Customisable soft robot fits around a heart and helps it beat

Engineers develop a robot sleeve that twists and compresses in synchronisation with a beating heart.
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Soft robot helps hearts beat. Image: Ellen Roche/Harvard University

Engineers and researchers at Harvard University and Boston Children's Hospital have developed a customisable soft robot that takes the form of a sleeve which fits around a heart and helps it beat.

The soft robot sleeve twists and compresses in synchronisation with a beating heart, helping augment cardiovascular functions that have been weakened by heart failure.

Heart failure affects 41 million people worldwide. Today, some of the options to treat it are mechanical pumps called ventricular assist devices (VADs), which pump blood from the ventricles into the aorta, and heart transplant. By virtue of their function, VADs require direct contact with blood. This makes matters more complex as there is the risk of blood clotting, and patients have to take potentially dangerous blood thinner medications.

The soft robot does not require contact with blood and simply wraps outside the heart. As most people with heart failure still have some function left in their heart, the robotic sleeve may help their heart work well enough that their quality of life can be restored, and used as a solution to bridge a patient to transplant, or to help in cardiac rehabilitation and recovery.

The research was a collaboration between the Harvard John A. Paulson School of Engineering and Applied Sciences, The Wyss Institute of Biologically Inspired Engineering at Harvard University and Boston Children’s Hospital.

According to Conor Walsh, senior author of the paper, the work represents an exciting proof of concept result for the soft robot, demonstrating that it can safely interact with soft tissue and lead to improvements in cardiac function.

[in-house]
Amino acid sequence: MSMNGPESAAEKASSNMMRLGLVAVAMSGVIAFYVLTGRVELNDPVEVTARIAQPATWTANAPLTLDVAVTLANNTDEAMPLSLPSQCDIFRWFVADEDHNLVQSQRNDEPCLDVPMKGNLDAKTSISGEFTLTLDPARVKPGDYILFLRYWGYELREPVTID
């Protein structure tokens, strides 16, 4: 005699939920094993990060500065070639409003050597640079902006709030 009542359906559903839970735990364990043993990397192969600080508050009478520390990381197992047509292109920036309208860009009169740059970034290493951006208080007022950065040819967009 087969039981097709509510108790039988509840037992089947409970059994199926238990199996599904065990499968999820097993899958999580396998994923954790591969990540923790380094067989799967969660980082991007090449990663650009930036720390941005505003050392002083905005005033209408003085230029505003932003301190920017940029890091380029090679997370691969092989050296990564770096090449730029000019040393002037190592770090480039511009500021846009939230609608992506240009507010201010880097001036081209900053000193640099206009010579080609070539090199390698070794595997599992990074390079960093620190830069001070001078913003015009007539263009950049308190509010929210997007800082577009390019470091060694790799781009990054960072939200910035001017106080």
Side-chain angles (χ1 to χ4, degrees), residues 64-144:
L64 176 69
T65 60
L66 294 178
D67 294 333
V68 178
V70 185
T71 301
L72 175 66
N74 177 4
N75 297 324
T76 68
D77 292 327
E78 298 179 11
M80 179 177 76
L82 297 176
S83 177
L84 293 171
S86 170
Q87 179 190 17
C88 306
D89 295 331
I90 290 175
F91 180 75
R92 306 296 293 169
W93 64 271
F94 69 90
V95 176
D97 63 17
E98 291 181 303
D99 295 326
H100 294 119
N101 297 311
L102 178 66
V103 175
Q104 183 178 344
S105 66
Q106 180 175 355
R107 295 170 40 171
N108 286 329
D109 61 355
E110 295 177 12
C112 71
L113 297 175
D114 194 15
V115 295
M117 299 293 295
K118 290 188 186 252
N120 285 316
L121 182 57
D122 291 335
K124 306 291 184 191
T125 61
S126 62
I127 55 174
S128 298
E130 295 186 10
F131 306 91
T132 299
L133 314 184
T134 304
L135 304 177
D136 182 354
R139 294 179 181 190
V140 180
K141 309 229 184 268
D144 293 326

"We envision many other future applications where such devices can delivery mechanotherapy both inside and outside of the body,” he said.

The thin silicone sleeve uses soft pneumatic actuators placed around the heart to mimic the outer muscle layers of the mammalian heart. The actuators twist and compress the sleeve in a similar motion to the beating heart. The device is tethered to an external pump, which uses air to power the soft actuators.

The sleeve is customisable. So if a patient has more weakness on the left side of the heart, for example, the actuators can be tuned to give more assistance on that side. The pressure of the actuators can also be adjusted over time, as the patient's condition changes.

The sleeve is attached to the heart using a combination of a suction device, sutures and a gel interface to help with friction between the device and the heart.

More research needs to be done before the sleeve can be implanted in humans but the research is an important first step towards an implantable soft robot that can augment organ function.

Engineers Australia is organising the Asia Pacific Conference on Medical and Biological Engineering which is being held in conjunction with the Australian Biomedical Engineering Conference in Sydney on 17-19 July 2017. 
The conference will feature an exciting line-up of local and international speakers. 
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[Image credit: Ellen Roche/Harvard University]